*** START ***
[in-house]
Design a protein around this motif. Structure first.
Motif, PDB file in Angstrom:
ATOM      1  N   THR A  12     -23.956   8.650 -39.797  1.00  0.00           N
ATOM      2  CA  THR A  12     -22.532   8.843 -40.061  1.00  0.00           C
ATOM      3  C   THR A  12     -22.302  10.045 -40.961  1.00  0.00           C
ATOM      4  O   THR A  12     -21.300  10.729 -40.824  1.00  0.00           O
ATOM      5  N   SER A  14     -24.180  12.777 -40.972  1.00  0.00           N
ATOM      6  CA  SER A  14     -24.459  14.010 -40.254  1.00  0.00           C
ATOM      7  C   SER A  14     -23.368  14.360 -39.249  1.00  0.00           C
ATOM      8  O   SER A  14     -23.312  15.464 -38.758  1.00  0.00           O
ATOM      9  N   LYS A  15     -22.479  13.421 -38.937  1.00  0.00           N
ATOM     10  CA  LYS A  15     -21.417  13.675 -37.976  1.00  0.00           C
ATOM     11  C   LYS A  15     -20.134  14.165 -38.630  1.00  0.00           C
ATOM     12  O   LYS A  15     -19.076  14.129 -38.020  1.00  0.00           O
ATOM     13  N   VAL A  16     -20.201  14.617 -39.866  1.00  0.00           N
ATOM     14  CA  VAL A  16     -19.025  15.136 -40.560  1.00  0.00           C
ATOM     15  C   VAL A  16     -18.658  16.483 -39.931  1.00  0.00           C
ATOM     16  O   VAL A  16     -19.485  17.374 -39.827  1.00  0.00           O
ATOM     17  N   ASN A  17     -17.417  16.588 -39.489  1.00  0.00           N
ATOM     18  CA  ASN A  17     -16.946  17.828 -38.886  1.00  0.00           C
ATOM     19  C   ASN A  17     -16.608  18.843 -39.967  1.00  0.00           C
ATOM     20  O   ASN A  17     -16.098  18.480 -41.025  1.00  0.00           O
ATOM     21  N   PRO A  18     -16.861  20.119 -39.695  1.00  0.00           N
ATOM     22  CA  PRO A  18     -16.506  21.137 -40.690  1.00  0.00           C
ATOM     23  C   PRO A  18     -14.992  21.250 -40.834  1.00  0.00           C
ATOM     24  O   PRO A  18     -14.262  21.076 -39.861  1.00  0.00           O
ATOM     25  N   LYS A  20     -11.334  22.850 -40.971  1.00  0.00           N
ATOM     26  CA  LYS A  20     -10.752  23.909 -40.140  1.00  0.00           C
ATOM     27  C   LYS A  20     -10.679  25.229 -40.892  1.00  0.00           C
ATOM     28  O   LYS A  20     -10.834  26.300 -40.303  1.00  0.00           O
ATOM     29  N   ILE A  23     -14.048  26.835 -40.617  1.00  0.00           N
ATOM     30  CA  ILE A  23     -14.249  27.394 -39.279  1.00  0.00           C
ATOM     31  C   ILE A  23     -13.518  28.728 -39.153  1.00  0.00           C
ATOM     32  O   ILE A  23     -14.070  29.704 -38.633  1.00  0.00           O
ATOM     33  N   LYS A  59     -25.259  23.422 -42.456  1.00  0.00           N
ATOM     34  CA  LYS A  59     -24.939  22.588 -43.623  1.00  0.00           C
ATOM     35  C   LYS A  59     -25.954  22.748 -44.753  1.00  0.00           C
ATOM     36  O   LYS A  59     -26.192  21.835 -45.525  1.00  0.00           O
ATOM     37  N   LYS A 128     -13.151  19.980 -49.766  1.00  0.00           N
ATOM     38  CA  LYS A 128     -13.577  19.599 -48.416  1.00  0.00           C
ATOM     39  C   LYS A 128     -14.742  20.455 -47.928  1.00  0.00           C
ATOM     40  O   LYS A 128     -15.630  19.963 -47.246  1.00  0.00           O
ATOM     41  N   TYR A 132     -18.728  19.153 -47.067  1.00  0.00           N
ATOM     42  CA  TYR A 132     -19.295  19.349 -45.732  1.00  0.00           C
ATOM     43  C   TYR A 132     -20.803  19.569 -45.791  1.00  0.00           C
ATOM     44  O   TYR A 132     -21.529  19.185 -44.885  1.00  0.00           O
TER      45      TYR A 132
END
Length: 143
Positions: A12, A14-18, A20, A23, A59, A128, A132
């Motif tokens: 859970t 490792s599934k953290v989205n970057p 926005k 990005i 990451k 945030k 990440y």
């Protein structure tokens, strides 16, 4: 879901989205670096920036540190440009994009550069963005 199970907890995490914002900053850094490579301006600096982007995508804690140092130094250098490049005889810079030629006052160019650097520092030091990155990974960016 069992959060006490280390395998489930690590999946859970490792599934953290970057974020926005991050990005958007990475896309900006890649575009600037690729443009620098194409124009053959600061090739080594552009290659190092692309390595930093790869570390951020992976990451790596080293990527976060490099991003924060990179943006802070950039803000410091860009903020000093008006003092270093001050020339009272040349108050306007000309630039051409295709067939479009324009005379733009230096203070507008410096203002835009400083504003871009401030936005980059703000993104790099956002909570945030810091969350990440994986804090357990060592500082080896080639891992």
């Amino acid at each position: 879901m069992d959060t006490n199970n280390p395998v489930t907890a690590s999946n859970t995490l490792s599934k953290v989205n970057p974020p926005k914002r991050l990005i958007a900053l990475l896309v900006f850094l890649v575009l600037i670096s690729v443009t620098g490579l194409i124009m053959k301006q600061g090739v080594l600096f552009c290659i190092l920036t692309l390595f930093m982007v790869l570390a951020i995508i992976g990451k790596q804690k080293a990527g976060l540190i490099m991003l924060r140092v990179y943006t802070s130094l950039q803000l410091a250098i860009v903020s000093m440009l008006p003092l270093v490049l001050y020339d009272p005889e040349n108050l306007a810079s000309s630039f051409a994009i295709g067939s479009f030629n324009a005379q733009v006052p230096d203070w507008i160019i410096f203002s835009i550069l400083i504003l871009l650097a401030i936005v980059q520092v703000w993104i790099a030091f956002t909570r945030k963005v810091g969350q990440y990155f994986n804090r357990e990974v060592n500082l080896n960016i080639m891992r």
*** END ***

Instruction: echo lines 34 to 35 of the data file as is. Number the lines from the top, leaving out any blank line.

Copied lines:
ATOM     31  C   ILE A  23     -13.518  28.728 -39.153  1.00  0.00           C
ATOM     32  O   ILE A  23     -14.070  29.704 -38.633  1.00  0.00           O